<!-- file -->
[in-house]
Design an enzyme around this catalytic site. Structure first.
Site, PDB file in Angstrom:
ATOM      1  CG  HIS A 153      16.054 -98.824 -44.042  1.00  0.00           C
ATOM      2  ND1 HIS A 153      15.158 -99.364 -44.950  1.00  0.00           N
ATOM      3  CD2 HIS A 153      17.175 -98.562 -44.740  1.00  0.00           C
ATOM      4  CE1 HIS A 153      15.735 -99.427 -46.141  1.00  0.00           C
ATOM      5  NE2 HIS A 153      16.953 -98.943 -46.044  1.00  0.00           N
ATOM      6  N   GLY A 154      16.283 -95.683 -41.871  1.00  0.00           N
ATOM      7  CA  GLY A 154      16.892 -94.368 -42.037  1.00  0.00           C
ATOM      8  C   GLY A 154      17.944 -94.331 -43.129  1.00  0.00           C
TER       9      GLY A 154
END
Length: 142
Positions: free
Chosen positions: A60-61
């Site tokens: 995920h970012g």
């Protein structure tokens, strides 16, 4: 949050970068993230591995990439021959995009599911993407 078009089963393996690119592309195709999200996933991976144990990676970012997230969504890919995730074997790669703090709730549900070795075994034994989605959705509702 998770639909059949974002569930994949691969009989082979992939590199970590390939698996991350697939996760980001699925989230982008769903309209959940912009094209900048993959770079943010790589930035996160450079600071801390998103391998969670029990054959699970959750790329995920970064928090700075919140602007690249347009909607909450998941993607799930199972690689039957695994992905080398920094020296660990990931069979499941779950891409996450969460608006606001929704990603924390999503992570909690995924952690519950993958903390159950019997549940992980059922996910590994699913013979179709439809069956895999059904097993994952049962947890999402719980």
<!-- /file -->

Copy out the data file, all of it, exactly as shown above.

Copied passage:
[in-house]
Design an enzyme around this catalytic site. Structure first.
Site, PDB file in Angstrom:
ATOM      1  CG  HIS A 153      16.054 -98.824 -44.042  1.00  0.00           C
ATOM      2  ND1 HIS A 153      15.158 -99.364 -44.950  1.00  0.00           N
ATOM      3  CD2 HIS A 153      17.175 -98.562 -44.740  1.00  0.00           C
ATOM      4  CE1 HIS A 153      15.735 -99.427 -46.141  1.00  0.00           C
ATOM      5  NE2 HIS A 153      16.953 -98.943 -46.044  1.00  0.00           N
ATOM      6  N   GLY A 154      16.283 -95.683 -41.871  1.00  0.00           N
ATOM      7  CA  GLY A 154      16.892 -94.368 -42.037  1.00  0.00           C
ATOM      8  C   GLY A 154      17.944 -94.331 -43.129  1.00  0.00           C
TER       9      GLY A 154
END
Length: 142
Positions: free
Chosen positions: A60-61
């Site tokens: 995920h970012g």
């Protein structure tokens, strides 16, 4: 949050970068993230591995990439021959995009599911993407 078009089963393996690119592309195709999200996933991976144990990676970012997230969504890919995730074997790669703090709730549900070795075994034994989605959705509702 998770639909059949974002569930994949691969009989082979992939590199970590390939698996991350697939996760980001699925989230982008769903309209959940912009094209900048993959770079943010790589930035996160450079600071801390998103391998969670029990054959699970959750790329995920970064928090700075919140602007690249347009909607909450998941993607799930199972690689039957695994992905080398920094020296660990990931069979499941779950891409996450969460608006606001929704990603924390999503992570909690995924952690519950993958903390159950019997549940992980059922996910590994699913013979179709439809069956895999059904097993994952049962947890999402719980």